The percolation threshold is the critical value of probability of occurrence of an eavesdropper, above which an infinite connected component does not exist in the secrecy graph, almost surely. Hence, this paper provides bounds on percolation threshold for square and triangular lattices, which provide insight into the effect of uncertainty in eavesdroppers location on the percolation properties of lattice secrecy graphs.

    A. SYSTEM MODEL

    Relay Node Eavesdroppers Node

    4. PROPOSED SYSTEM

    Our proposed system implements the wireless ad hoc network with n number of nodes that should construct the network for data transmission from one location to another. Each node is having the unique id and its related locations. The randomly generated eavesdropping nodes are also present with in this network. The nodes are moving with static velocity and also the moving position of the each node is mentioned with (x, y) co-ordinates. Then the network should establish the connection with base station. Then the user should select the source, destination node and message and transmission range of the base station. If the distance between the source and destination is within the transmission range the direct data transmission is possible otherwise the transmission is relay transmission. i.e. The message forwarded between the relay nodes, in which the relay nodes are either original nodes or eavesdroppers. In this situation we can analyze the security of the connection and overall efficiency of the network.

    We consider a relay network consisting of one source (S), several relays (Rl , l = 1, 2, . . .), one destination (D), and several eavesdroppers (E j , j = 1, 2, . . .). All the nodes are equipped with one antenna. The distance between the source and destination is equal to dSD. The distributions of relays and eavesdroppers are homogenous PPPs Rand Ewith density Rand E, respectively. In this system, all the transmitters transmit with the same power. Then we can obtain the instantaneous signal-to-noise ratio (SNR) at the relays, destination, and eavesdroppers as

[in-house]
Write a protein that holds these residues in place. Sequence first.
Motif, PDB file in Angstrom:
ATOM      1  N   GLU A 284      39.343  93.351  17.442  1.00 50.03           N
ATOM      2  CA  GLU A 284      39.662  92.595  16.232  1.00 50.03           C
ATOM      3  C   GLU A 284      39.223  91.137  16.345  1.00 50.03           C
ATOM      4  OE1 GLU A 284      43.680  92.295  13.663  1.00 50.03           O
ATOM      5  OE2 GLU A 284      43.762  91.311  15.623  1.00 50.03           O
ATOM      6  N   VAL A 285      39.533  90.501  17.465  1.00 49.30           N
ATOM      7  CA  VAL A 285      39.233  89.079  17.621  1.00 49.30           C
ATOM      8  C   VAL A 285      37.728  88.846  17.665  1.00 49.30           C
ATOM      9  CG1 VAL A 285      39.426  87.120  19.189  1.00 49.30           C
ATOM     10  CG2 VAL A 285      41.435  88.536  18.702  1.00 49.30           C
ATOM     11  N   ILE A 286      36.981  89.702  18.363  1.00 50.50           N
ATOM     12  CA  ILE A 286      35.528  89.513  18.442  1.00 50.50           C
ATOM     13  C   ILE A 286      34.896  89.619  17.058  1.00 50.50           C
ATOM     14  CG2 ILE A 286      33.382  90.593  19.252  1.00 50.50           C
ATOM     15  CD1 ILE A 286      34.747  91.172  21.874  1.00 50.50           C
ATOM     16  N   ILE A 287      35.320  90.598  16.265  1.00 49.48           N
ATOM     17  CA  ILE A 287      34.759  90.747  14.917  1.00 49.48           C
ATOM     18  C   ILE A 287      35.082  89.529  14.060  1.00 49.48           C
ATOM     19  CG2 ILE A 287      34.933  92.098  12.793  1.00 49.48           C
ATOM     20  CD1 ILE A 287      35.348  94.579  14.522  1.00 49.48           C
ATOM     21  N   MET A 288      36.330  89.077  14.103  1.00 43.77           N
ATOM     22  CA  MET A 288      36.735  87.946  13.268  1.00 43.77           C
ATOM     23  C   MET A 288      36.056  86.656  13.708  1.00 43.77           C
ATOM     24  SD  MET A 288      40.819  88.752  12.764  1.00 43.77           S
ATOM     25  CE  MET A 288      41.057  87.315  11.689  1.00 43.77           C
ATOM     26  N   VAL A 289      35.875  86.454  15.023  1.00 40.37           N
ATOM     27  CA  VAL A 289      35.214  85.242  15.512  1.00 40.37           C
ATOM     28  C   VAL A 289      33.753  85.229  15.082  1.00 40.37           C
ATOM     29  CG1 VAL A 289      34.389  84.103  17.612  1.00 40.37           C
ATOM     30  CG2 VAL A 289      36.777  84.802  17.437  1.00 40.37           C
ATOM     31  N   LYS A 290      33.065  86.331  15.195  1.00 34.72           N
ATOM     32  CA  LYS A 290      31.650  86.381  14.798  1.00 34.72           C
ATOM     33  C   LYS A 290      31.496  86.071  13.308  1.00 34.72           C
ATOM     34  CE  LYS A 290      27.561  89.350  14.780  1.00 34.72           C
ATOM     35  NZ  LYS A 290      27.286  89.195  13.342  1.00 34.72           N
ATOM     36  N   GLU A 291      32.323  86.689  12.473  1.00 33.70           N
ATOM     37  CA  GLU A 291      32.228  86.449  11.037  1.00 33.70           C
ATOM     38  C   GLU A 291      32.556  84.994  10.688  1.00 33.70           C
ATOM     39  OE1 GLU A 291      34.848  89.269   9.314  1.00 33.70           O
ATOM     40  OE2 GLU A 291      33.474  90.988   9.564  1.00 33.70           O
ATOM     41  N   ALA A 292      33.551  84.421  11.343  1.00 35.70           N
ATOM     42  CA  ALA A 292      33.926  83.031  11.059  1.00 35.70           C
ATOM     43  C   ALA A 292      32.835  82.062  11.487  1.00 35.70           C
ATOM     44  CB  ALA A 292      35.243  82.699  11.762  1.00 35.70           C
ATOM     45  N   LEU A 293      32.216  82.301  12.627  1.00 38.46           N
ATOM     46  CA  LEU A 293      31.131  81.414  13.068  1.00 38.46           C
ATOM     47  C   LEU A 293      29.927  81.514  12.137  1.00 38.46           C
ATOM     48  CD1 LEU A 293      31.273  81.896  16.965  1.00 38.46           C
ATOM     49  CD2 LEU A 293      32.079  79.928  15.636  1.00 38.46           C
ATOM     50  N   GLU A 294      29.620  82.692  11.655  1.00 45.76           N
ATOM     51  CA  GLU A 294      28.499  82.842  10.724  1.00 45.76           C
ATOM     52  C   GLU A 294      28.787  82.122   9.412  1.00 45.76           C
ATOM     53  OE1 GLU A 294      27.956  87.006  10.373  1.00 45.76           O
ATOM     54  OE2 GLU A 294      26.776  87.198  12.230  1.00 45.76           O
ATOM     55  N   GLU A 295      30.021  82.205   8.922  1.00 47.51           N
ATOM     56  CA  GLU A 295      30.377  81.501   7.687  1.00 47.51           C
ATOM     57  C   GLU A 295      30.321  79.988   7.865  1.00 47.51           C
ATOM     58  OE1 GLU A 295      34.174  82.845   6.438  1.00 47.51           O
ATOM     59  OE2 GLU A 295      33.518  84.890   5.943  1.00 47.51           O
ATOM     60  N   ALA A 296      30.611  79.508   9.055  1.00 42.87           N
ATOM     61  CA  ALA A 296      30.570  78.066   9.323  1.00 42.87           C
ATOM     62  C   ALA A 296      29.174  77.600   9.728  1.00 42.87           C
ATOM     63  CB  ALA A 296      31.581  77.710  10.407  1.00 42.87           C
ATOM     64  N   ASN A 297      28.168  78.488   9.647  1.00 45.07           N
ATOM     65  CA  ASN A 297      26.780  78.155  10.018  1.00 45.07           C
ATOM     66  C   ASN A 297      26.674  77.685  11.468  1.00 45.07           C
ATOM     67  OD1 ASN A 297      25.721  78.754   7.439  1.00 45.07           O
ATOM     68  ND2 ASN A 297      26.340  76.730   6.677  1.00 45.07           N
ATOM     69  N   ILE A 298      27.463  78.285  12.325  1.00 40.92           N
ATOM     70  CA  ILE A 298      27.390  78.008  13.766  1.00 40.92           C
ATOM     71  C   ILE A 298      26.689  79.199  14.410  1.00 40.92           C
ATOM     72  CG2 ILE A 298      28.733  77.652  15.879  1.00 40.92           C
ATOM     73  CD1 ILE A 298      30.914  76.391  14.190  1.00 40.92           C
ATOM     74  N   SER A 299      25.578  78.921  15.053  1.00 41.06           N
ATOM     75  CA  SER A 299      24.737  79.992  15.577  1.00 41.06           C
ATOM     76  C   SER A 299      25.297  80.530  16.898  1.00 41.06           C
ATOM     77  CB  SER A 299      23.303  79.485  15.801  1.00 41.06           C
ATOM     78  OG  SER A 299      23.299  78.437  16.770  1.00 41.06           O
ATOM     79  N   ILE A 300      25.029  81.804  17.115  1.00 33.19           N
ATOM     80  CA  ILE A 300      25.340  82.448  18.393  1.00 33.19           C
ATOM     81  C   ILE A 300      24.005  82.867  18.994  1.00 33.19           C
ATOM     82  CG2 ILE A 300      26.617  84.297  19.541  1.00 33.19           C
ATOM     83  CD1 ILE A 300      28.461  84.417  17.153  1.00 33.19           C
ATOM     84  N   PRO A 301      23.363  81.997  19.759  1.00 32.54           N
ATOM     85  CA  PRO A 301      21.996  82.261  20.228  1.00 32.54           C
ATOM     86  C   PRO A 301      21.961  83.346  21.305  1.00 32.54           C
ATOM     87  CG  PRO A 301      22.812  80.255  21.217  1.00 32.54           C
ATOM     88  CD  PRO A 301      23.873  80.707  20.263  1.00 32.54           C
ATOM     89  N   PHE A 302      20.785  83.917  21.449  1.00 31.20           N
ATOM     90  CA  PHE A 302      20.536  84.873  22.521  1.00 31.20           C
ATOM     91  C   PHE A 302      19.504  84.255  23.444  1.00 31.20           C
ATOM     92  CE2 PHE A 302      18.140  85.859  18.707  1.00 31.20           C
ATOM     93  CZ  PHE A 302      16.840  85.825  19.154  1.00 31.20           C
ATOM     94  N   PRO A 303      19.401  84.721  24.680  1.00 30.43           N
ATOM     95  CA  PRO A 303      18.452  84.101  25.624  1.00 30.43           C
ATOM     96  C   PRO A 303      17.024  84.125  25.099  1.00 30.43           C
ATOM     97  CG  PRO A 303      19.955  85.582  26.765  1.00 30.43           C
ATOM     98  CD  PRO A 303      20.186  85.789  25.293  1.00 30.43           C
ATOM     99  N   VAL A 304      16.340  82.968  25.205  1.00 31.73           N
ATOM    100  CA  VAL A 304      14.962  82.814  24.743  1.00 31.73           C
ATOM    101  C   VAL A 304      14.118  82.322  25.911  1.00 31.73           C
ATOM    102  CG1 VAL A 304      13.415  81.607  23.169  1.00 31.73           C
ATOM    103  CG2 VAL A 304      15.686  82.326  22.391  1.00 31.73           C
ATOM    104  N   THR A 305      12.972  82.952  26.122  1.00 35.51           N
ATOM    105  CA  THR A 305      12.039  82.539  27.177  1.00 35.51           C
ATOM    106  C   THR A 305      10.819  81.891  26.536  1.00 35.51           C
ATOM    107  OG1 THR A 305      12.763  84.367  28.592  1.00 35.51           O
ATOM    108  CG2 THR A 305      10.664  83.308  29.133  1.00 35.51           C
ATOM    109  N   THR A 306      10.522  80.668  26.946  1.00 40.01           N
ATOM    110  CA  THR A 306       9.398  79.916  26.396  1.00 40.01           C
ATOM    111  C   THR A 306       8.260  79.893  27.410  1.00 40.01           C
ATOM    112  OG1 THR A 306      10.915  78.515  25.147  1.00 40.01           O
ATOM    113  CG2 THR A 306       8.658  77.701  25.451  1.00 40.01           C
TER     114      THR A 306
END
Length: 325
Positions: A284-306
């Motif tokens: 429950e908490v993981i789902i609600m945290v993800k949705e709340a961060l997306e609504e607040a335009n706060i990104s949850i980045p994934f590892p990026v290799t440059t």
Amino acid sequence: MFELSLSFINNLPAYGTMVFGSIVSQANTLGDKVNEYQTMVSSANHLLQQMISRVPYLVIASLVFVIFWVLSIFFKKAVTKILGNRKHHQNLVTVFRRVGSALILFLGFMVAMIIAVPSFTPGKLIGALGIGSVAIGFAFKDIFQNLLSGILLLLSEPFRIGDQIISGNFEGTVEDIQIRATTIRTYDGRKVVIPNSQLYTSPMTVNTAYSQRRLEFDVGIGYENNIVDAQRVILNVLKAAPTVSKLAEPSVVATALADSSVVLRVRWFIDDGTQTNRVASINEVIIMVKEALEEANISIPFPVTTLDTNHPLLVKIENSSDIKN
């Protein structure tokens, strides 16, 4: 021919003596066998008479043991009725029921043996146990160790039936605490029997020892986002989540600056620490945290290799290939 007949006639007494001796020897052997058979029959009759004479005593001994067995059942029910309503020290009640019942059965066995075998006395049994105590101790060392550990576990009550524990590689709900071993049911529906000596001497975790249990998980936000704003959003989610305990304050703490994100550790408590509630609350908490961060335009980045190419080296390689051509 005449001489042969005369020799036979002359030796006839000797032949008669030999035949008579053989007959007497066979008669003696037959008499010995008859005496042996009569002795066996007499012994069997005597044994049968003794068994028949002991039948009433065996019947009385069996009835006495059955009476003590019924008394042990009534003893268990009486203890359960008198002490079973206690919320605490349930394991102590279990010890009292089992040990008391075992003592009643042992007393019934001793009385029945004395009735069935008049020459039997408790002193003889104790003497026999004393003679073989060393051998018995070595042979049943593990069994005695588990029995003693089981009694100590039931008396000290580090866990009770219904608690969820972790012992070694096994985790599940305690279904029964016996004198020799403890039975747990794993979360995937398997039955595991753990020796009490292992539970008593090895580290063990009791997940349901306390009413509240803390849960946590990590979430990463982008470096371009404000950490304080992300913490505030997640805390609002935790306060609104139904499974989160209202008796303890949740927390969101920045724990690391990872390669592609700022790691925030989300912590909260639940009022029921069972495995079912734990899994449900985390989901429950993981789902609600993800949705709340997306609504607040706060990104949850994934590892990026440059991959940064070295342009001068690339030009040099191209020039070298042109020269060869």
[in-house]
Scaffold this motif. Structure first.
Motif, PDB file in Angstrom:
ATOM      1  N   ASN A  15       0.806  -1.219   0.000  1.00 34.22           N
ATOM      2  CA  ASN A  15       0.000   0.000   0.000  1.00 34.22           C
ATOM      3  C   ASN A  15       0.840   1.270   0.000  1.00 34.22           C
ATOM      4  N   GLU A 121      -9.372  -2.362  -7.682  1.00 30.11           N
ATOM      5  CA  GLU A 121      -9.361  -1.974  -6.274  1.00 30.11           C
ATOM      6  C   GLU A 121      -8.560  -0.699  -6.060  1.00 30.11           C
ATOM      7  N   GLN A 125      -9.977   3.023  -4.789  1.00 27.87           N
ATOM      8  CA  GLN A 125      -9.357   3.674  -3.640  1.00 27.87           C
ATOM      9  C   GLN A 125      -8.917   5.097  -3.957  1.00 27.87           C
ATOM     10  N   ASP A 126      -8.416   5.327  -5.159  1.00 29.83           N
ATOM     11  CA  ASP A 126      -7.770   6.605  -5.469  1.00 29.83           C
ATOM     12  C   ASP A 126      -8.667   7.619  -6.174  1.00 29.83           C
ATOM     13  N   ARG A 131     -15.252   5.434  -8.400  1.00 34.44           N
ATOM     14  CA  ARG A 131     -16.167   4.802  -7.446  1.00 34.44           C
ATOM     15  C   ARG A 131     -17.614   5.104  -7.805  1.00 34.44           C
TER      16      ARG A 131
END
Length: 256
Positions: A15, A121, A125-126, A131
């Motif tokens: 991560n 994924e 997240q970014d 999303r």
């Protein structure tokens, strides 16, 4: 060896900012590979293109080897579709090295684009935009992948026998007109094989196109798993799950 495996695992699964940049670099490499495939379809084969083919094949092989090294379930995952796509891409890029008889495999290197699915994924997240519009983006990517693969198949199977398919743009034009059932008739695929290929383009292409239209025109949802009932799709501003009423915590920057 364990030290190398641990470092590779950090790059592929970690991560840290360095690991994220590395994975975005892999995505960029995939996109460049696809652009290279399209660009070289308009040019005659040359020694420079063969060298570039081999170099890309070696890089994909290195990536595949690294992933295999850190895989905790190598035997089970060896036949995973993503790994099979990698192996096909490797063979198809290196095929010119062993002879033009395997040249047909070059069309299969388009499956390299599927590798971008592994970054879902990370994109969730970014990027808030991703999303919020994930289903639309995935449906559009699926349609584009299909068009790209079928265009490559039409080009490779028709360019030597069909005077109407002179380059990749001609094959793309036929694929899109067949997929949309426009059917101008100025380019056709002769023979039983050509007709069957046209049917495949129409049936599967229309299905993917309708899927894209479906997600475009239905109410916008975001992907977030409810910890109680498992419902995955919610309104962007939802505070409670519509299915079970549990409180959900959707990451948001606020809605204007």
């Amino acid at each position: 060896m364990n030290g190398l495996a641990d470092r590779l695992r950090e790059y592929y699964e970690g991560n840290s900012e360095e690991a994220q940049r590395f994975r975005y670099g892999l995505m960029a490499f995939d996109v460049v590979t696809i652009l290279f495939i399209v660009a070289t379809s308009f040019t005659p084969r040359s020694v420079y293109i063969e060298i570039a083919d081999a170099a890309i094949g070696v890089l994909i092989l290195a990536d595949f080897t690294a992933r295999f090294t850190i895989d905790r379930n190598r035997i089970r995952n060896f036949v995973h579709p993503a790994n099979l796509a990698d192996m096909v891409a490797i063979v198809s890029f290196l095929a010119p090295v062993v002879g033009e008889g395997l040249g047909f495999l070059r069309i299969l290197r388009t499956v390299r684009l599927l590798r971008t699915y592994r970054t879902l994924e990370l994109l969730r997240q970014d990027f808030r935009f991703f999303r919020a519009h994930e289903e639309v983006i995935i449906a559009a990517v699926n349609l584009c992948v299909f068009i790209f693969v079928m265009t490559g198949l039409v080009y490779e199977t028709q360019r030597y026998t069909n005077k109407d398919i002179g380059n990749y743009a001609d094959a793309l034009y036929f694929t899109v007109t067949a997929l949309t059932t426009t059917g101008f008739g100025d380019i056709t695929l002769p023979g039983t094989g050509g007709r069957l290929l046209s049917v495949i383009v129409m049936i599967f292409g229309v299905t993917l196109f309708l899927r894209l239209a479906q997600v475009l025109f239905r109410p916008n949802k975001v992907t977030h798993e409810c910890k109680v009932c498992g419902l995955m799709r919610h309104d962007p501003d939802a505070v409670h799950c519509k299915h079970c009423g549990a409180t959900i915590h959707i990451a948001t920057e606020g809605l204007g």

SNRnm= hnmdnm

    Wheretransmits SNR

    hnmsmall-scale fading (follows exponential distribution with unit mean)

    dmn=||xmxn|| Euclidean distance between node

    n and node m mean

    xn location of node n.

    path-loss exponent

    The relay transmission is not necessary if the direct transmission is strong enough. According to dSD, we can know how strong the direct transmission is. For colluding eavesdroppers, to avoid relaying for the users

    having strong direct transmission we define a target secure connection probability constraint for direct transmission. Assume eavesdroppers cannot be allowed to collude and

    exchange information. The secure performance is determined with the strongest received signal from the transmitter.

    Fig.1 Block diagram for proposed system

  4. PERFORMANCE ANALYSIS FOR COLLUDING EAVESDROPPERS

    For colluding eavesdroppers case, the combined received SNR at eavesdroppers from the source and the relay node Rl can be respectively written as

    IS= EjE[hSEj dS Ej]

    Rl

    Rl

    IRl= E jE[hRl E j d

    Secure connection probability

    For direct transmission

    SD

    SD

    PC_DT = LIS (d )

    E j]

    1. PERFORMANCE ANALYSIS FOR NON-COLLUDING EAVESDROPPERS

      For non-colluding eavesdroppers case, the received SNR at

      SD

      SD

      = exp [Ad2 ] —- (1)

      eavesdroppers from the source and relay node Rlcan be respectively written as

      US= maxE jE{hSEjdS Ej}

      Where A= 2E/(2/)[1-(2/)]

      (·) is the gamma function.

      LIS(.) is the laplace transform of is For relay Transmission

      Rl

      Rl

      PC_Rl= LIS ,IRl(dSRl, d D)

      SD

      SD

      =exp [(Ad2 /2) -2Ar2] —- (2)

      URl= maxE jE{hRlEj d }

      RlEj

      RlEj

    2. SECURE CONNECTION PROBABILITY

      Similar to the case of colluding eavesdroppers, the secure connection probability for direct transmission can be defined as

      For direct transmission

      PC_DT> exp [Ad2SD] —- (3)

      We can find that (3) is the same as (1), and it means that the secure connection probability for colluding eavesdroppers is worse than that of non colluding eavesdroppers

      For relay Transmission

      SD

      SD

      PC_Rl> exp[ (Ad2 /2) -2Ar2] —–(4)

      Interestingly, we find that (4) is the same as (2). Both (3) and (4) are lower bounds of secure connection probability

      for non-colluding eavesdroppers, while it is obvious that the lower bound of (3) is tighter than that of (4).

    3. TECHNIQUES

      Dynamic Source Routing (DSR) Techniques should used to transfer the Hub-by-Hub message transfer from Source to Destination through arbitrary relay nodes. The DSR protocol should connects the relay nodes between source and destination on Dynamic Routing strategies.DSR should select the relay node(s) based on the transmission range of base station which is chosen by the user.

  5. RESULT SNAP SHOT

    USE CASE DIAGRAM CLASS DIAGRAM

    Base station with max coverage

    sender

    Base station with min coverage

    Base station with min coverge and eaves droppers

    No packet loss

    packetloss

    receiver

  6. CONCLUSION AND FUTURE WORK

The results obtained from this stimulation provide useful design insights for relay networks with Security constraints. Also we can analyze when a relay transmission should provide the secure connection with small and large density of eavesdroppers in wireless adhoc network.

ACKNOWLEDGEMENT

I would like to thank my guide Mr.P.BRIGHT PRABAHAR Asst. Prof., Electronics and communication engineering Department, Parisutham Institute of Technology and Science, Thanjavur for his help and guidance to enable us to propose this system.